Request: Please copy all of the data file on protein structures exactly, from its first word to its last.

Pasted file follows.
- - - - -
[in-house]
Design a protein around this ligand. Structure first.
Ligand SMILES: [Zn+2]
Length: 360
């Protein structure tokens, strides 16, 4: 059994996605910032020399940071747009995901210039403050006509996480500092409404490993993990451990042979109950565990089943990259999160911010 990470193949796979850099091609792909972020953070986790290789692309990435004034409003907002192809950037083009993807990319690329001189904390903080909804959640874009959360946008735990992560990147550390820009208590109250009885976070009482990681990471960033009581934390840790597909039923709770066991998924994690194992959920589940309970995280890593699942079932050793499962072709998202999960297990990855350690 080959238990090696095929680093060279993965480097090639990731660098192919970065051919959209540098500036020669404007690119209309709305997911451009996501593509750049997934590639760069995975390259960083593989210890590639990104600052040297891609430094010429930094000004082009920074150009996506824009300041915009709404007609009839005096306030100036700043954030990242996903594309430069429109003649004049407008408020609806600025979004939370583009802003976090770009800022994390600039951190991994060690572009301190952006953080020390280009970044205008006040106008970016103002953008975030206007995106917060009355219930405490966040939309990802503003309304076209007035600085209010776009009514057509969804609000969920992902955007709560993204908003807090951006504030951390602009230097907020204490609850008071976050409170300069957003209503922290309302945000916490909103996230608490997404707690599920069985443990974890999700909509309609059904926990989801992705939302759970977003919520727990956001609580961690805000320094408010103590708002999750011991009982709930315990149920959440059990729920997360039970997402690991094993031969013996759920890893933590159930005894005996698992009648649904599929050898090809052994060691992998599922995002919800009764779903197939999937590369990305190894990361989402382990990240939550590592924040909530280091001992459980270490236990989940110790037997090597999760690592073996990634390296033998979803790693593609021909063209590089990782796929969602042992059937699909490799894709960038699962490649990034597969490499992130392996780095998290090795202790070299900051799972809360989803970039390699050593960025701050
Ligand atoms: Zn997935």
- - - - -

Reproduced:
[in-house]
Design a protein around this ligand. Structure first.
Ligand SMILES: [Zn+2]
Length: 360
């Protein structure tokens, strides 16, 4: 059994996605910032020399940071747009995901210039403050006509996480500092409404490993993990451990042979109950565990089943990259999160911010 990470193949796979850099091609792909972020953070986790290789692309990435004034409003907002192809950037083009993807990319690329001189904390903080909804959640874009959360946008735990992560990147550390820009208590109250009885976070009482990681990471960033009581934390840790597909039923709770066991998924994690194992959920589940309970995280890593699942079932050793499962072709998202999960297990990855350690 080959238990090696095929680093060279993965480097090639990731660098192919970065051919959209540098500036020669404007690119209309709305997911451009996501593509750049997934590639760069995975390259960083593989210890590639990104600052040297891609430094010429930094000004082009920074150009996506824009300041915009709404007609009839005096306030100036700043954030990242996903594309430069429109003649004049407008408020609806600025979004939370583009802003976090770009800022994390600039951190991994060690572009301190952006953080020390280009970044205008006040106008970016103002953008975030206007995106917060009355219930405490966040939309990802503003309304076209007035600085209010776009009514057509969804609000969920992902955007709560993204908003807090951006504030951390602009230097907020204490609850008071976050409170300069957003209503922290309302945000916490909103996230608490997404707690599920069985443990974890999700909509309609059904926990989801992705939302759970977003919520727990956001609580961690805000320094408010103590708002999750011991009982709930315990149920959440059990729920997360039970997402690991094993031969013996759920890893933590159930005894005996698992009648649904599929050898090809052994060691992998599922995002919800009764779903197939999937590369990305190894990361989402382990990240939550590592924040909530280091001992459980270490236990989940110790037997090597999760690592073996990634390296033998979803790693593609021909063209590089990782796929969602042992059937699909490799894709960038699962490649990034597969490499992130392996780095998290090795202790070299900051799972809360989803970039390699050593960025701050
Ligand atoms: Zn997935």